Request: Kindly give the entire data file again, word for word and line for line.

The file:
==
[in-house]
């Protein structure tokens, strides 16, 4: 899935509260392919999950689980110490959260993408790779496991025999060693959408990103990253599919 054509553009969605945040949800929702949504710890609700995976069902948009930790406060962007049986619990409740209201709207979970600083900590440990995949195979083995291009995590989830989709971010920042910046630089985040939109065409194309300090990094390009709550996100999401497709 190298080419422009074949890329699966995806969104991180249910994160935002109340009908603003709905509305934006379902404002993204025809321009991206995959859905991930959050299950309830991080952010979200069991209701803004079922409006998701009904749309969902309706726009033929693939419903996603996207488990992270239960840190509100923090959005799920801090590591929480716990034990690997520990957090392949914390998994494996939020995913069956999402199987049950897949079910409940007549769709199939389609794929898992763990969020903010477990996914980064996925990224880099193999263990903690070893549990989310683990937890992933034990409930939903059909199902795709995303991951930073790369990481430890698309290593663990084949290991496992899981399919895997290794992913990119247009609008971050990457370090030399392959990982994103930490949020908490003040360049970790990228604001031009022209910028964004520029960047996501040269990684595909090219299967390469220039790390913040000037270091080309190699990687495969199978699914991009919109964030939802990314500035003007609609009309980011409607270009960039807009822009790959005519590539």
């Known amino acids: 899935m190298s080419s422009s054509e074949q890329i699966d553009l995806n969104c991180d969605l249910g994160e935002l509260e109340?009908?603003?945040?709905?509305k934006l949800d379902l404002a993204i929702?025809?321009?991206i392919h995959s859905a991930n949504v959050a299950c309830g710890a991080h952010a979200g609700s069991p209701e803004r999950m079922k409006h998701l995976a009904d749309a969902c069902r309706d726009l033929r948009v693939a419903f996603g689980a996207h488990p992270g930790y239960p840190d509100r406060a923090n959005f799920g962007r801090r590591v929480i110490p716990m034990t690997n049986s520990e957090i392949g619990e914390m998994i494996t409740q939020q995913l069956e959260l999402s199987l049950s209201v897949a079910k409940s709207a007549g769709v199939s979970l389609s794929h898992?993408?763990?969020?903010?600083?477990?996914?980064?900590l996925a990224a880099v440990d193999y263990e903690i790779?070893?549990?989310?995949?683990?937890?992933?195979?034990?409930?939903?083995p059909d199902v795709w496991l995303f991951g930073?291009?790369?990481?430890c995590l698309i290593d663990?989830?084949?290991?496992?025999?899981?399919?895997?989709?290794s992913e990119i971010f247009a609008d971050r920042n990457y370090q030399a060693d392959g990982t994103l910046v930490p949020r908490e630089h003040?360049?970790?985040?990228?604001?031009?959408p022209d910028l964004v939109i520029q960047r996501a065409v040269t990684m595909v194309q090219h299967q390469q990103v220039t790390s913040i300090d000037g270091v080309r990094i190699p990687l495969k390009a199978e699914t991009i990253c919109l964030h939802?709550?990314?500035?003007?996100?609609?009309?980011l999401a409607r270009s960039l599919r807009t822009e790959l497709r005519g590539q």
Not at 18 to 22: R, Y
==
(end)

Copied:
[in-house]
């Protein structure tokens, strides 16, 4: 899935509260392919999950689980110490959260993408790779496991025999060693959408990103990253599919 054509553009969605945040949800929702949504710890609700995976069902948009930790406060962007049986619990409740209201709207979970600083900590440990995949195979083995291009995590989830989709971010920042910046630089985040939109065409194309300090990094390009709550996100999401497709 190298080419422009074949890329699966995806969104991180249910994160935002109340009908603003709905509305934006379902404002993204025809321009991206995959859905991930959050299950309830991080952010979200069991209701803004079922409006998701009904749309969902309706726009033929693939419903996603996207488990992270239960840190509100923090959005799920801090590591929480716990034990690997520990957090392949914390998994494996939020995913069956999402199987049950897949079910409940007549769709199939389609794929898992763990969020903010477990996914980064996925990224880099193999263990903690070893549990989310683990937890992933034990409930939903059909199902795709995303991951930073790369990481430890698309290593663990084949290991496992899981399919895997290794992913990119247009609008971050990457370090030399392959990982994103930490949020908490003040360049970790990228604001031009022209910028964004520029960047996501040269990684595909090219299967390469220039790390913040000037270091080309190699990687495969199978699914991009919109964030939802990314500035003007609609009309980011409607270009960039807009822009790959005519590539």
């Known amino acids: 899935m190298s080419s422009s054509e074949q890329i699966d553009l995806n969104c991180d969605l249910g994160e935002l509260e109340?009908?603003?945040?709905?509305k934006l949800d379902l404002a993204i929702?025809?321009?991206i392919h995959s859905a991930n949504v959050a299950c309830g710890a991080h952010a979200g609700s069991p209701e803004r999950m079922k409006h998701l995976a009904d749309a969902c069902r309706d726009l033929r948009v693939a419903f996603g689980a996207h488990p992270g930790y239960p840190d509100r406060a923090n959005f799920g962007r801090r590591v929480i110490p716990m034990t690997n049986s520990e957090i392949g619990e914390m998994i494996t409740q939020q995913l069956e959260l999402s199987l049950s209201v897949a079910k409940s709207a007549g769709v199939s979970l389609s794929h898992?993408?763990?969020?903010?600083?477990?996914?980064?900590l996925a990224a880099v440990d193999y263990e903690i790779?070893?549990?989310?995949?683990?937890?992933?195979?034990?409930?939903?083995p059909d199902v795709w496991l995303f991951g930073?291009?790369?990481?430890c995590l698309i290593d663990?989830?084949?290991?496992?025999?899981?399919?895997?989709?290794s992913e990119i971010f247009a609008d971050r920042n990457y370090q030399a060693d392959g990982t994103l910046v930490p949020r908490e630089h003040?360049?970790?985040?990228?604001?031009?959408p022209d910028l964004v939109i520029q960047r996501a065409v040269t990684m595909v194309q090219h299967q390469q990103v220039t790390s913040i300090d000037g270091v080309r990094i190699p990687l495969k390009a199978e699914t991009i990253c919109l964030h939802?709550?990314?500035?003007?996100?609609?009309?980011l999401a409607r270009s960039l599919r807009t822009e790959l497709r005519g590539q």
Not at 18 to 22: R, Y